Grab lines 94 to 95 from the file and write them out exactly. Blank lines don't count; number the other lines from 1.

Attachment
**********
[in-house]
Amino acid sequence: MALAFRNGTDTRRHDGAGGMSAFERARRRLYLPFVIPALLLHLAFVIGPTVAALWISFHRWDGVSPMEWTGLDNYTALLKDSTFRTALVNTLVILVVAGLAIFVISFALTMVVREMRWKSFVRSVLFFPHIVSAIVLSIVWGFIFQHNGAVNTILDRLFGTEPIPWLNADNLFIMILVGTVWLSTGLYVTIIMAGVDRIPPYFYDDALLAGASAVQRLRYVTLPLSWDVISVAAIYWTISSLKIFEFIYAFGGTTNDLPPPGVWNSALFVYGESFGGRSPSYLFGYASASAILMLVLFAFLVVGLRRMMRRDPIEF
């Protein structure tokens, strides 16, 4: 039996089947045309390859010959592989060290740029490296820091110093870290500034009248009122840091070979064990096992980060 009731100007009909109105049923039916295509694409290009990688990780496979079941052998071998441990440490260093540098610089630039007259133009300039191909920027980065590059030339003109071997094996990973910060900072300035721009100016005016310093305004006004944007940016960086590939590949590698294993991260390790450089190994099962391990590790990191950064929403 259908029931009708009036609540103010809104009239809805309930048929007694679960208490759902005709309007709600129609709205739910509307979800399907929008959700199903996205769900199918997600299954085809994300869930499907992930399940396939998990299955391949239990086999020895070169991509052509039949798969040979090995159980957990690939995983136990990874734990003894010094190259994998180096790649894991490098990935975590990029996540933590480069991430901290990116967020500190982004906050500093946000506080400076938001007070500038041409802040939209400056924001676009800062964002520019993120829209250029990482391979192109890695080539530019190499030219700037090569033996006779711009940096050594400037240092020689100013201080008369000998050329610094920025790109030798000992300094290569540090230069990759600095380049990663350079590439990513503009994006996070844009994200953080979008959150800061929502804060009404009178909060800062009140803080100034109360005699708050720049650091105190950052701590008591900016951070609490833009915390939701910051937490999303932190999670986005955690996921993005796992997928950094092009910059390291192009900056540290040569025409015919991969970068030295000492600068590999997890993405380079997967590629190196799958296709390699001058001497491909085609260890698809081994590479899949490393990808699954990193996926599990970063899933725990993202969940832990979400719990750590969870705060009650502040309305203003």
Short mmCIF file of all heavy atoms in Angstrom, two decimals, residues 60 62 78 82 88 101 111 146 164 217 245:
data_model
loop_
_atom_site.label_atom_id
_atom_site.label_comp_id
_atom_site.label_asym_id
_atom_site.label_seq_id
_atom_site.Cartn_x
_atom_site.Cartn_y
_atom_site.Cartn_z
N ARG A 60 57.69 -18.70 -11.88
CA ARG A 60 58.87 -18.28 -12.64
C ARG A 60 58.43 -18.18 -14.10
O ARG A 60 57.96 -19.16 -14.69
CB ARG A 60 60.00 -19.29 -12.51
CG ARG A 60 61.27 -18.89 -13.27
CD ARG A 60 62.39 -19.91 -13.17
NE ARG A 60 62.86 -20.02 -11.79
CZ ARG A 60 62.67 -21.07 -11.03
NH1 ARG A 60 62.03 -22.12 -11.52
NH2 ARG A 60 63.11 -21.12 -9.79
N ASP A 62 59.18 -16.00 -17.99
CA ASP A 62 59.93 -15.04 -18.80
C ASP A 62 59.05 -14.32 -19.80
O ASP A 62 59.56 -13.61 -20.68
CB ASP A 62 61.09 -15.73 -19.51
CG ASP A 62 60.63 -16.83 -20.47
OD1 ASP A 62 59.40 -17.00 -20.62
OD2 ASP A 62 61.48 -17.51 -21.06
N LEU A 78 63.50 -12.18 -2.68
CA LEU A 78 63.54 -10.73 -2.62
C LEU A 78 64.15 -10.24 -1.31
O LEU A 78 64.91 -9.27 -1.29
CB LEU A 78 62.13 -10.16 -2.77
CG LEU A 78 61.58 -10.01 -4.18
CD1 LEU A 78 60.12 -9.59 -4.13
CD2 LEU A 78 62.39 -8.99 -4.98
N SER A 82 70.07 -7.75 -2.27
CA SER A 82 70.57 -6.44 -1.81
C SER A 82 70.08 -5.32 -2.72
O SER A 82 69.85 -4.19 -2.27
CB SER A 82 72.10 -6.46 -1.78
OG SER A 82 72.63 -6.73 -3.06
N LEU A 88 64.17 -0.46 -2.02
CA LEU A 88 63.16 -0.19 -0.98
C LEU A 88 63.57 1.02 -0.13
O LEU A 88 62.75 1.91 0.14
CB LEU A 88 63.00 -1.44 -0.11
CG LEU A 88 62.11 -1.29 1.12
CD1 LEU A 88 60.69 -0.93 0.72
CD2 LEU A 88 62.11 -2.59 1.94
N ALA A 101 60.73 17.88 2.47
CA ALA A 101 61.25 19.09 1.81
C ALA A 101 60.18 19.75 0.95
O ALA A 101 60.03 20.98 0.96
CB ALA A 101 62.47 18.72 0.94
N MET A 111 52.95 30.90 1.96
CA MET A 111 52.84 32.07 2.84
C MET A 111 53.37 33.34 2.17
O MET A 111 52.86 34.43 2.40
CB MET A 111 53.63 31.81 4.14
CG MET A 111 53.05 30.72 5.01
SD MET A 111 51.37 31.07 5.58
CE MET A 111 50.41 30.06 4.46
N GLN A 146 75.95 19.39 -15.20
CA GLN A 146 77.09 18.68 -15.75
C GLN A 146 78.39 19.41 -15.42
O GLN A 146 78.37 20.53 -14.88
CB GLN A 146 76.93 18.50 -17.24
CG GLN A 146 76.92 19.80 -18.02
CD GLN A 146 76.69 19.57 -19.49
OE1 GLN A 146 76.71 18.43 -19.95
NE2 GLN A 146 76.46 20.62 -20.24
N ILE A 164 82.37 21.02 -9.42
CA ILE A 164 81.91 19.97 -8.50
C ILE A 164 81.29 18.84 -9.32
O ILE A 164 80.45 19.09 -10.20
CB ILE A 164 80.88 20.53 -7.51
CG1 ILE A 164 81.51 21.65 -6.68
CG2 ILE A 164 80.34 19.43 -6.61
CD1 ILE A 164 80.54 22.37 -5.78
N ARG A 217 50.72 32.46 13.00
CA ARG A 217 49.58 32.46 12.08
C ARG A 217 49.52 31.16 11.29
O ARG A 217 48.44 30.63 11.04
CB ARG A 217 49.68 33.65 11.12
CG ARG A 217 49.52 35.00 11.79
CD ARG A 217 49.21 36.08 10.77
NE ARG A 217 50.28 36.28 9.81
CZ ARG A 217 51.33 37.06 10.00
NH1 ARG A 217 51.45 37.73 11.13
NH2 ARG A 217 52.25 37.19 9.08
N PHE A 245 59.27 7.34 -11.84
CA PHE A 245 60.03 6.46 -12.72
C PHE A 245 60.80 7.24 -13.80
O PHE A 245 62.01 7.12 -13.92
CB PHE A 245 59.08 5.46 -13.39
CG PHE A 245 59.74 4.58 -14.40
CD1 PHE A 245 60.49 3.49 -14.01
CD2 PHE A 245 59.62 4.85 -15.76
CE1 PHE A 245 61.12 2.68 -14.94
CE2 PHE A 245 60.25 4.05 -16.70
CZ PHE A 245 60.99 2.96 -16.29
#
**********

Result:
NH1 ARG A 217 51.45 37.73 11.13
NH2 ARG A 217 52.25 37.19 9.08